Archives for Self-esteem
What fears can interfere with our creative thinking and creatively expressing ourselves? “The artist begins with a vision — a creative operation requiring effort. Creativity takes courage.” Henri Matisse
How does self esteem impact our lives and creativity? How do traits like egocentrism and narcissism relate to self esteem? In his post here on PsychCentral, Steve Bressert, Ph.D. explains that Narcissistic Personality Disorder is "characterized by a long-standing pattern of grandiosity (either in fantasy or actual behavior), an overwhelming need for admiration, and usually a complete lack of empathy toward others.
What gets in the way of our writing? There is no simple answer, of course, but here are some perspectives from accomplished authors on what to be aware of and what to do that may help write more and write better. Stephen King relates an early experience that affected his writing and acceptance of himself as a writer – the kind of experience probably most of us have had to some degree: criticism from his high school teacher. He writes:
“I don’t know what ‘normal’ means, anyway.” How does being unusual or eccentric in our viewpoints, thinking, personal style and other choices help us be more creative and innovative? Karl Lagerfeld, the prominent fashion designer, photographer, publisher, and artistic director of Chanel, has very eclectic and unusual tastes in clothing – so I would consider him one example of an eccentric creator.
Do you have a wide range of passionate interests, even "too many"? Maybe you have never "settled down" into a well-defined career. Maybe you think you have ADHD - and maybe you do, but you may really be what Barbara Sher refers to as a Scanner. In her video below, she notes it may not be the best term, and there are others such as “Polymath,” “Renaissance Soul,” or pejorative ones like “Dilettante.”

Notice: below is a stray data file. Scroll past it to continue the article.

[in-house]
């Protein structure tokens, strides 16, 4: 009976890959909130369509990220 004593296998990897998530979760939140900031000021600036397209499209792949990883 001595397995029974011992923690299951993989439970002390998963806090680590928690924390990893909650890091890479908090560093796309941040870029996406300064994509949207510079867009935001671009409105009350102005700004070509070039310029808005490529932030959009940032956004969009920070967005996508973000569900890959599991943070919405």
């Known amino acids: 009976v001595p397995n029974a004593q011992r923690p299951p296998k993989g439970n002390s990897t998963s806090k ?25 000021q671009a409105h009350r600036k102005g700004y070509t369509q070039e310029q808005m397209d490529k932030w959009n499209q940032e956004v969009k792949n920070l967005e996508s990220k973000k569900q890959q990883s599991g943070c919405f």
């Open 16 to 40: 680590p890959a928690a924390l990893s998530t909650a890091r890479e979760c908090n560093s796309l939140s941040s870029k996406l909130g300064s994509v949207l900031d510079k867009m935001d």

Do you express yourself creatively - or in other ways - as fully and authentically as you want? If you're like most of us, the answer is No. For one thing, our inner dialogue can be less than helpful or encouraging. Author Pearl Cleage points out some of the ways our inner critic may dampen our creative voice: "I think one of the things that writers and creative artists generally have to deal with is the censors that we have in our heads, the voices that we have that say you better not tell that and don't tell that, and people will think you're not a good girl, and your grandmother's going to be mad at you and all of those things." [via brainyquote.com]
Even people with exceptional creative talents and accomplishments can feel insecure. Meryl Streep, for example, has said, “I have varying degrees of confidence and self-loathing…You can have a perfectly horrible day where you doubt your talent… Or that you’re boring and they’re going to find out that you don’t know what you’re doing.” Over the years of reading biographies and doing interviews with many highly talented and creative people, it has often struck me how many of them talk about being self-critical, and feel insecure at times.
How does a healthy self-concept impact our creative work? Don't we need a big ego, fame and money for creative expression? One sense of this word "ego" is a distorted self-regard, what psychologist Carl Jung referred to as "inflated consciousness... hypnotized by itself."
Being a misfit or outsider can be distressing or downright painful, especially as a teen, but many artists say it is part of their experience that helps them be more creative. Writer Anne Rice talks about being "a bad student, I daydreamed in class, wrote stories in my notebooks. I learned the basics, but most of my active intellectual life was outside of school. It was acutely painful because [my sister and I] felt different, like misfits. Our individuality was almost irrepressible, but I wanted to fit in."
"In the creative process every human being is confronted with doubts and contradictions and flaws..." Acclaimed for his films including "Amores Perros," "Babel" and "21 Grams," Alejandro González Iñárritu has earned a number of award nominations for directing and co-writing "Birdman." In a theatre, we can enjoy the results of sometimes hundreds of talented people collaborating on making a movie, but there may be many years of often messy and emotionally challenging creative process that goes into getting a film actually produced and released. Iñárritu has made a number of interesting comments about that process.